Wal-Mart Stores’ urban expansion has reached Chicago’s Wrigleyville neighborhood, and based on opening day, the country’s biggest food retailer found friendly confines in the North Side of the city.
Most shoppers interviewed outside Wal-Mart’s new Express store Nov. 30, the day the Wrigleyville location opened, had mostly favorable reviews, saying prices for food and other items compared favorably with other supermarkets in the area.
“It’s a great addition to the neighborhood,” said Susan, who would only provide her first name. Prices seemed competitive with other groceries, she said, adding that she was encouraged to see businesses add jobs to the neighborhood during a slow economy.
Wal-Mart is angling for even more city-dwellers as the Bentonville, Ark.-based company accelerates store openings in Chicago and other large markets, such as New York City and Washington, D.C. Fruits, vegetables and other fresh foods are playing a large role in the effort. The Wrigleyville store, like two the others Wal-Mart launched in other parts of Chicago earlier this year, features a fresh produce section just inside the entrance.
Customers entering the Express Nov. 30 saw a display of fresh grapes and strawberries at an “Everyday Low Price” of $1.58 a pound and $2.98 per container, respectively. The produce section also offered gala apples at $1.57 a pound and tomatoes at $1.68 a pound.
The Wrigleyville Express “can be part of the solution for local customers who want more affordable grocery options close to home,” store manager Jack Williams said in a Nov. 30 Wal-Mart statement announcing the opening.
“As we continue to evaluate sites across the city, we’ll also continue to be flexible in our approach to ensure that store sizes and formats are a reflection of the surrounding neighborhood,” Williams said. Wal-Mart plans six additional, mostly smaller-format stores in Chicago by spring 2013.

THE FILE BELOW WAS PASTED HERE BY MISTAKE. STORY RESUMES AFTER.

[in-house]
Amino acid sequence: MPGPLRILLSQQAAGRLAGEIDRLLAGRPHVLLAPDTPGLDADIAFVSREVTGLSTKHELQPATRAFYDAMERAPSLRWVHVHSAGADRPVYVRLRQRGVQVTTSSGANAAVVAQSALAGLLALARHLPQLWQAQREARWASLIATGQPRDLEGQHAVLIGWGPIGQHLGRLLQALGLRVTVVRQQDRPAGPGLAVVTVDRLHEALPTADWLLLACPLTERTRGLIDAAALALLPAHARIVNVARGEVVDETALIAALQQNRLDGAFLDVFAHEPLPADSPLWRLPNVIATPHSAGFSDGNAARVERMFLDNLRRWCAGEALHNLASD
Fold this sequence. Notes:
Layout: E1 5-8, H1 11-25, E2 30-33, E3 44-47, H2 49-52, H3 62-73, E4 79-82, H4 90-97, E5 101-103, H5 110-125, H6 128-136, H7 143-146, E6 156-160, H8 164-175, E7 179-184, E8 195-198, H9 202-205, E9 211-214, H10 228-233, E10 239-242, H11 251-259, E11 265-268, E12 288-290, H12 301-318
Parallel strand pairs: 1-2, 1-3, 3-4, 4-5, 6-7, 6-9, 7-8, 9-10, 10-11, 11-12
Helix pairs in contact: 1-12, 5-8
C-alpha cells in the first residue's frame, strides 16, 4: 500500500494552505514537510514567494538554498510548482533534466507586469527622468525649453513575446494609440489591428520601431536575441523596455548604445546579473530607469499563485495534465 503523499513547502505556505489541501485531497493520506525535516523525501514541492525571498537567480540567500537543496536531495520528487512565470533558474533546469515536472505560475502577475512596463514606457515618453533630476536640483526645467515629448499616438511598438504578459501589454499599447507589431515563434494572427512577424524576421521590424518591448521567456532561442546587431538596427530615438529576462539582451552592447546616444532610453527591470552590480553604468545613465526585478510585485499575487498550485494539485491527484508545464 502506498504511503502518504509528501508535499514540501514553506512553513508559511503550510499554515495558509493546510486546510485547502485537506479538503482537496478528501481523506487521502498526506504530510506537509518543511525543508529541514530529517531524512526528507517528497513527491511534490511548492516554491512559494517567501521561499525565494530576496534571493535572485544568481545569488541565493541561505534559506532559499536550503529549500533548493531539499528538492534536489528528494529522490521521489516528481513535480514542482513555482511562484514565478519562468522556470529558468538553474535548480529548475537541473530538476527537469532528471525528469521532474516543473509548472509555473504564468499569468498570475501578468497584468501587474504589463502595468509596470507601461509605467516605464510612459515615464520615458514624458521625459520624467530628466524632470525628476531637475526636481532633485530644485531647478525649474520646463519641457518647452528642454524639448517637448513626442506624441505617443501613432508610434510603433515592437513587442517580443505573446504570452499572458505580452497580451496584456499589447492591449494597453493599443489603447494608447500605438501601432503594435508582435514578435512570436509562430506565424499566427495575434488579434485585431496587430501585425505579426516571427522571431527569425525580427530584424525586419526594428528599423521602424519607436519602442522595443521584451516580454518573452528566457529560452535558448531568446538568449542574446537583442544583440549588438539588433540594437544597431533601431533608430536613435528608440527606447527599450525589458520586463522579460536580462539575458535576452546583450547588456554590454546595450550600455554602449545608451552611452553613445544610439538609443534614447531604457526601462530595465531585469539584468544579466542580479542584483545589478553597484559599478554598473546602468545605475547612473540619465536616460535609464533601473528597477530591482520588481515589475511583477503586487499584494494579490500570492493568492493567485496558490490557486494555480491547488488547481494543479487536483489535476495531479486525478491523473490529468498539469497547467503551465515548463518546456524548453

Express stores are among the smaller formats Wal-Mart is rolling out in densely populated areas where building new, 185,000-square-foot Supercenters is out of the question. The Wrigleyville store, Wal-Mart’s first on the city’s North Side, occupies 14,800 square feet in a three-story building that previously housed a dairy processor, a candy maker and a greeting card company since being constructed in 1928, according to Landmarks Chicago.
Wal-Mart steps into an already-competitive retail environment. Within two miles of the Wrigleyville store, there are five supermarkets run by the dominant local grocery chain Jewel-Osco, a unit of Supervalu Inc., along with two Aldi stores, a Target and a Treasure Island, a Chicago-based independent retailer.
Wrigleyville resident Jesse D’Corona left the Express impressed.
“It was an excellent experience,” said D’Corona, who works in shareholder services downtown. “You walk right in, the first aisle you see is fresh vegetables, oranges, cantaloupe … I definitely will come back and purchase that.”
Including a Supercenter that opened on the city’s West Side in 2006, Wal-Mart now operates 20 stores in Chicago and the surrounding suburbs. Nationwide, the company as of July had 4,431 stores, including 2,939 Supercenters and nearly 200 smaller-format locations, according to Wal-Mart’s website.